Quigley Ford offers what they call a dual focal-plane scope. It has a ballistic-type reticle in front of the erector lens system in the first focal plane, then fairly thick, horizontal lines on each side of the vertical line behind the erector lens system in the first focal plane. Those lines match up with the primary crosshair in the first focal plane. The idea behind it is that the secondary hash marks retain a consistent yardage throughout the zoom range, but the thicker lines in the first focal plane help in low-light conditions at low magnification for closer shots. The two thick horizontal lines on the primary crosshair have a gap between them. This allows the shooter to see the thinner crosshair in the first focal plane. This system does have some merit, but at low magnification, the gap between the lines is considerable. The thin first focal plane line can also be difficult to see, so placing the crosshair precisely can be a challenge. Personally, if I was stuck on having a first focal-plane scope, I’d look at one with an illuminated reticle for use at low magnification, versus having a dual focal-plane scope.
For those wanting a first focal-plane scope, be prepared to shell out big bucks. That’s the case not because of the forward reticle placement, but because these typically come with a lot more bells and whistles.
The first thing you’ll notice on a first focal-plane scope is that most have a larger tube size than normal. The amount of magnification range and the amount of MOA adjustment is to some degree limited by tube size. All the mechanics of these two systems must fit within the tube. If you want to increase their range, tube size must increase accordingly. At one time, one-inch tubes were the most popular in hunting scopes in North America and that’s why most of them are limited to a magnification range of three to four times. Swarovski and Zeiss did manage to squeeze five times magnification out of one-inch tubes. Zeiss has since dropped the HD5 line, but Swarovski still makes the Z5 available in 2.4-12, 3.5-18 and 5-25 magnification ranges. But now, even most North American manufacturers are moving to 30mm tubes on all but their base models. Once magnification exceeds a factor of five times, then larger tube sizes are required. Zeiss offers a model with eight times zoom range in a 30mm tube. To get greater than that, a further increase in tube size is required.
Increasing the amount of elevation adjustment also requires an increase in tube size. On many of the high-end target scopes designed to shoot extreme distances, you’ll see 34mm or even 36mm tubes. With a standard one-inch tube, the average is 40-50 MOA of adjustment. With a 30mm tube, the average is 70-80MOA of adjustment. Once you move into the 34mm and 36mm tubes, it’s common to see 110-120 MOA of adjustment. This type of elevation adjustment is required for shooting extreme ranges. You can also count on these scopes having very high-quality lenses and the high price tag that comes with all that. They are also typically quite heavy, so if you are outfitting a lightweight mountain rifle, that is something to consider. The fact that they are first focal plane in itself doesn’t lead to all this cost and weight increase. It is more so that all the other necessities of long-range shooting that are built into these scopes are primarily used for precision target competitions.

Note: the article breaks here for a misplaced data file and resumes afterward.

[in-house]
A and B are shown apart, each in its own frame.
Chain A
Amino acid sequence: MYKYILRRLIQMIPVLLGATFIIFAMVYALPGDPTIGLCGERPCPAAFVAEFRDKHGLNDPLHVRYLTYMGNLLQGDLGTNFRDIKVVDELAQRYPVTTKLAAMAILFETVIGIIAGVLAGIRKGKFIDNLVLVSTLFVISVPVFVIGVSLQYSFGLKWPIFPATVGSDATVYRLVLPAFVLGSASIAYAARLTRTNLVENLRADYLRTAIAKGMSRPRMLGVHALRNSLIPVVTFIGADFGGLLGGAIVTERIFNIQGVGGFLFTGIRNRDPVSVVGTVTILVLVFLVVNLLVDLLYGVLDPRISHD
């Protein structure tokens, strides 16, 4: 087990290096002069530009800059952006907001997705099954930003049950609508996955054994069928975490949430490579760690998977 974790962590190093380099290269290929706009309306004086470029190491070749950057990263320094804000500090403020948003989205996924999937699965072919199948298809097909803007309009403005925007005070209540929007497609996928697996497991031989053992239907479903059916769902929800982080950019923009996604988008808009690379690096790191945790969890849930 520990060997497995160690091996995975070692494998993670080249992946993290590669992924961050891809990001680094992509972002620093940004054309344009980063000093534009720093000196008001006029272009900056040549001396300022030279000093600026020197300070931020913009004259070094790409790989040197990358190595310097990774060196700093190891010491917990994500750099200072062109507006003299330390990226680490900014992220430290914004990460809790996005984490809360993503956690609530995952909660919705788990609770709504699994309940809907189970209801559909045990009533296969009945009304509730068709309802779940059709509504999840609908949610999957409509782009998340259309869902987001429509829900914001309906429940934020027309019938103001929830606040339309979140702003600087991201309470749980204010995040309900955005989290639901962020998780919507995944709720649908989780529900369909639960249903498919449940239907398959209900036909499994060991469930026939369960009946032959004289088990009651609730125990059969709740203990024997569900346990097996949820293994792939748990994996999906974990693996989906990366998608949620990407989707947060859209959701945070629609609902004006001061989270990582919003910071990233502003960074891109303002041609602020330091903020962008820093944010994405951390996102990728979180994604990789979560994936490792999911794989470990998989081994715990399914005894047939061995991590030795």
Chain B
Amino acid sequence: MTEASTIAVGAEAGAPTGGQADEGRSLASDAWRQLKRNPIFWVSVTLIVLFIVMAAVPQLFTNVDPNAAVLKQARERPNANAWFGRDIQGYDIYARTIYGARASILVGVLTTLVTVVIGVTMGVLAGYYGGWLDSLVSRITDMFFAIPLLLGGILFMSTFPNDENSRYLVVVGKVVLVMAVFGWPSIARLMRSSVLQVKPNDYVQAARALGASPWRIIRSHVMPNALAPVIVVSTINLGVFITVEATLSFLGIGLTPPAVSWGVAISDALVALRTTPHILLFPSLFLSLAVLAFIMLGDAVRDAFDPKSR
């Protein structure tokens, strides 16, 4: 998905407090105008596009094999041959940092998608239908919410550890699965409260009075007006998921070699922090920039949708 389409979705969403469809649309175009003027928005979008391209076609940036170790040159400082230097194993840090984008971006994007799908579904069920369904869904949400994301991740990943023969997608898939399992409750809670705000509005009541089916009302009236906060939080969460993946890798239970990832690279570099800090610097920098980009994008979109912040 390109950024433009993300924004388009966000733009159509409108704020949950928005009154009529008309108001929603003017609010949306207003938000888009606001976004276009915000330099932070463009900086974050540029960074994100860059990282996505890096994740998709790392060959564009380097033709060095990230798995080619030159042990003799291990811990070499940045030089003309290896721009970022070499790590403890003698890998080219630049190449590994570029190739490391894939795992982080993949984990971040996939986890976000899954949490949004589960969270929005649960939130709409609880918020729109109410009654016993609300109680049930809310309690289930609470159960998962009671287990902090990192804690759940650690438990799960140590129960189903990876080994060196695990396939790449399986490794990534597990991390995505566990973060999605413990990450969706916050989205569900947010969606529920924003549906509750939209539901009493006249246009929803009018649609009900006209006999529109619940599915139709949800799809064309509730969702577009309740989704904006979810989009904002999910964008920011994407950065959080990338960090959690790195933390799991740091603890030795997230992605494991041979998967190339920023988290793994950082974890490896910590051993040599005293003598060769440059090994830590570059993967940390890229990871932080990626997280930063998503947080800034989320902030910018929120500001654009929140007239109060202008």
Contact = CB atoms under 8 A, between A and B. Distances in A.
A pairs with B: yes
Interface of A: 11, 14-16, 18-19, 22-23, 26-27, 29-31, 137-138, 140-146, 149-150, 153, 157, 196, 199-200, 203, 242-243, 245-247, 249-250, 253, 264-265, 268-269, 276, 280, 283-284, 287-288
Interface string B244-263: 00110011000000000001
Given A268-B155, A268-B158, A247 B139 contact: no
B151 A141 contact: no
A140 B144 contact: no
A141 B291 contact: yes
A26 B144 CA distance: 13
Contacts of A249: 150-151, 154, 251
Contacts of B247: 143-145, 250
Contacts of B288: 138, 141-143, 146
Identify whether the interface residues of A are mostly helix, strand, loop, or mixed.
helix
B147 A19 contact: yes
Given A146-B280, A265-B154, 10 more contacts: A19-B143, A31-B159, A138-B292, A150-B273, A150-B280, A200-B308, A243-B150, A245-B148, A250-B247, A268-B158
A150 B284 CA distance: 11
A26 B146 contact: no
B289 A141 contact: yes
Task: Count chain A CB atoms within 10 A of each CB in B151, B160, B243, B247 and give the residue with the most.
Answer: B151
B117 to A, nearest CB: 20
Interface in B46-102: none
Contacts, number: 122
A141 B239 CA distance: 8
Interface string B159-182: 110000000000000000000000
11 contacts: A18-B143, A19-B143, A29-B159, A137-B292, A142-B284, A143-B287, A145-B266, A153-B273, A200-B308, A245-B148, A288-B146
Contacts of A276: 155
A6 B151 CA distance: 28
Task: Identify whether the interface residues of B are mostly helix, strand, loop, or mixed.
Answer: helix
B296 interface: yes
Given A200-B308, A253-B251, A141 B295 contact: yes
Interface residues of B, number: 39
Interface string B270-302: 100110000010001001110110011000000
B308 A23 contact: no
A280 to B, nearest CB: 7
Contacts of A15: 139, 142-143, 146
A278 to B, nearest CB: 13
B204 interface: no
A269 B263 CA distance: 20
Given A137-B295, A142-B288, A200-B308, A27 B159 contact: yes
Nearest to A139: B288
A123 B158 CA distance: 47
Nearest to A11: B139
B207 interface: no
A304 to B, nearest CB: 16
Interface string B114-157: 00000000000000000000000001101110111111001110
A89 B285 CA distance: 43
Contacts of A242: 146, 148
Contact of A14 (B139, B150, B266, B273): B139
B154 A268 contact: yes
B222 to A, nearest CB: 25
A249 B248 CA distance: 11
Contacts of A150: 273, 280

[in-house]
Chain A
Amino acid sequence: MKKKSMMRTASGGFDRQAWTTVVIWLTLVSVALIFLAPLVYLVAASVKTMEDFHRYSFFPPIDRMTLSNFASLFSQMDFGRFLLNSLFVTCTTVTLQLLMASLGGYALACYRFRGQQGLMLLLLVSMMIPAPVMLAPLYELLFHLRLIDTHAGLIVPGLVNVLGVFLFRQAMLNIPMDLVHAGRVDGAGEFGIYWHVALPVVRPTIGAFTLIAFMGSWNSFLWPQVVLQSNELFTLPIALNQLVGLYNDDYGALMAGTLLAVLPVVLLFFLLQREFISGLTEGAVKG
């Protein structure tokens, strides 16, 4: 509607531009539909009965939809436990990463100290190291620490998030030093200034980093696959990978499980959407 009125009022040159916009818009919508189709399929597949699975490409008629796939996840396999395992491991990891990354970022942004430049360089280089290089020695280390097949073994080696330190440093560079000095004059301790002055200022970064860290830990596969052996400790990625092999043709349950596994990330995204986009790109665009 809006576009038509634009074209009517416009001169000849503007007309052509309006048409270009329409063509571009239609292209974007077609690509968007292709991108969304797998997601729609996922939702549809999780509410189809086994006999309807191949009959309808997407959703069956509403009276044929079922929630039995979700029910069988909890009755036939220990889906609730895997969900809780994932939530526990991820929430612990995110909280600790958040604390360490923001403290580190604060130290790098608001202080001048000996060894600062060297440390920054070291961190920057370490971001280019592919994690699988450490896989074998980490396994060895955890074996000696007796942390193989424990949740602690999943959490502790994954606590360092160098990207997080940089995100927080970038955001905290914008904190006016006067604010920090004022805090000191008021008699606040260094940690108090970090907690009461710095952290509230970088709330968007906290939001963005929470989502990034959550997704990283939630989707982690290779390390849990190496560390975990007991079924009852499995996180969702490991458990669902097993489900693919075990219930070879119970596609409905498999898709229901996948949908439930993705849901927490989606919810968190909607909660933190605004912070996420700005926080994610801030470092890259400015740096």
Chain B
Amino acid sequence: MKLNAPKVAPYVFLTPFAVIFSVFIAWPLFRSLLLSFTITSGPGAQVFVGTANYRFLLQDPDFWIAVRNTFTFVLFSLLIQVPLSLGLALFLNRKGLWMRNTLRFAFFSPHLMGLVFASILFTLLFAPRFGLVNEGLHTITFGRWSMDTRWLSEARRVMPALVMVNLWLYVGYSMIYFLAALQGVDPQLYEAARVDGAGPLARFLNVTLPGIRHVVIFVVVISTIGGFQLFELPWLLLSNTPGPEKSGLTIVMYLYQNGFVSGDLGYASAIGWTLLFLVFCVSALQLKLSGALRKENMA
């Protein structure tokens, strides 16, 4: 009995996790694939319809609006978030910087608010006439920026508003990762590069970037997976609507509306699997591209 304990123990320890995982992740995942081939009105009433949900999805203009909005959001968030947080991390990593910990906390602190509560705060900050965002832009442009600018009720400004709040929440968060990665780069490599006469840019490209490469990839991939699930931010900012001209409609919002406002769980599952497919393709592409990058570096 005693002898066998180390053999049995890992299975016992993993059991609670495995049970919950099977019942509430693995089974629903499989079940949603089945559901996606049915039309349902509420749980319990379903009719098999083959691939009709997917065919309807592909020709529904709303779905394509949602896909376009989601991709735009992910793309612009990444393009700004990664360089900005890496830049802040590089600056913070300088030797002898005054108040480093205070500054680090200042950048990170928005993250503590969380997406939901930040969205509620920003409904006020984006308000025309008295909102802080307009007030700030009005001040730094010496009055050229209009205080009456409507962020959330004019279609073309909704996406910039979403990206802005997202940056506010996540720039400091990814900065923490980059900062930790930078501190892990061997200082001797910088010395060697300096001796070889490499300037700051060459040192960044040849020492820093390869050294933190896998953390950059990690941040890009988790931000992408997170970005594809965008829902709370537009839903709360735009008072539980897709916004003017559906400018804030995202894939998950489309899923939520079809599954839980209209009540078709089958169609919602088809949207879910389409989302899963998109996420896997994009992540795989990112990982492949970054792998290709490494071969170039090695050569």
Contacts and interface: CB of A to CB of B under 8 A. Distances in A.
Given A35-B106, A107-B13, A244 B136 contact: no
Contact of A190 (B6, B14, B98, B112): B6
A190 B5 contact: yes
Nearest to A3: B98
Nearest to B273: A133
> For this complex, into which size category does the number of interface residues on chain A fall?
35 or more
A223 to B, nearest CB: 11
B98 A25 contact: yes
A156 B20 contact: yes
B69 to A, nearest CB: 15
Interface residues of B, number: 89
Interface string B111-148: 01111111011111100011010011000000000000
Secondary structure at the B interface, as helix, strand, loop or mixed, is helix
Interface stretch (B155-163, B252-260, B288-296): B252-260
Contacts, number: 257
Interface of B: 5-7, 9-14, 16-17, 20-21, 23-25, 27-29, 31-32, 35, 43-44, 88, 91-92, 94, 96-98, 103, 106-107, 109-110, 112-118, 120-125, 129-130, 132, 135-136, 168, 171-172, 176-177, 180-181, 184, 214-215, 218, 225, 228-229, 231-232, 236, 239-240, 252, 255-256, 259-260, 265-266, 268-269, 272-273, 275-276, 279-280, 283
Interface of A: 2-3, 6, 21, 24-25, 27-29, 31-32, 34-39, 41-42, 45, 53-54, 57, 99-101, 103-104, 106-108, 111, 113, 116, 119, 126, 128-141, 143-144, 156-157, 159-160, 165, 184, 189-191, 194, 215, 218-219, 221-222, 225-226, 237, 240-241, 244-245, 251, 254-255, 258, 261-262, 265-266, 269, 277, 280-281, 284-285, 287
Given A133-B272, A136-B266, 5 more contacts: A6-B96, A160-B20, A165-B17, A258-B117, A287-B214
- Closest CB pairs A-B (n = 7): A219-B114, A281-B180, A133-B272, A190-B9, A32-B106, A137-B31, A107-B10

Second focal-plane scopes are more widely available. They run the gambit from $100 budget scopes to those costing $5,000 or more. You can pick the bells and whistles you need and have a wide variety of options. I run second focal-plane scopes exclusively on my hunting rifles. I’ve got a few ballistic reticle models, but recently, I have been moving more to a regular duplex reticle model with exposed elevation turrets. I use custom yardage-indicated turret caps from Ballistix on these scopes, so there’s no need to remember the yardage values on the secondary hash marks of a ballistic reticle. It’s just a simple matter of turning the elevation turret to the indicated yardage and shooting. The older I get, the simpler I like my hunting gear to be, and for long-range hunting, it just doesn’t get any easier. My go-to hunting scope these days is a Zeiss V4 4-16×44 with the custom yardage turret.
I did just pick up a new Zeiss LRP S5 5-25×56 to mount on a 300 Winchester Magnum that I plan to use for some 1,000-yard-plus plinking. I may end up trying it out as an elk rig, too, but I can’t see using it a lot for hunting.
There is no right or wrong answer when it comes to selecting a first or second focal-plane scope. It’s just important to understand how each style functions, then choose the style that best fits your shooting needs and your budget.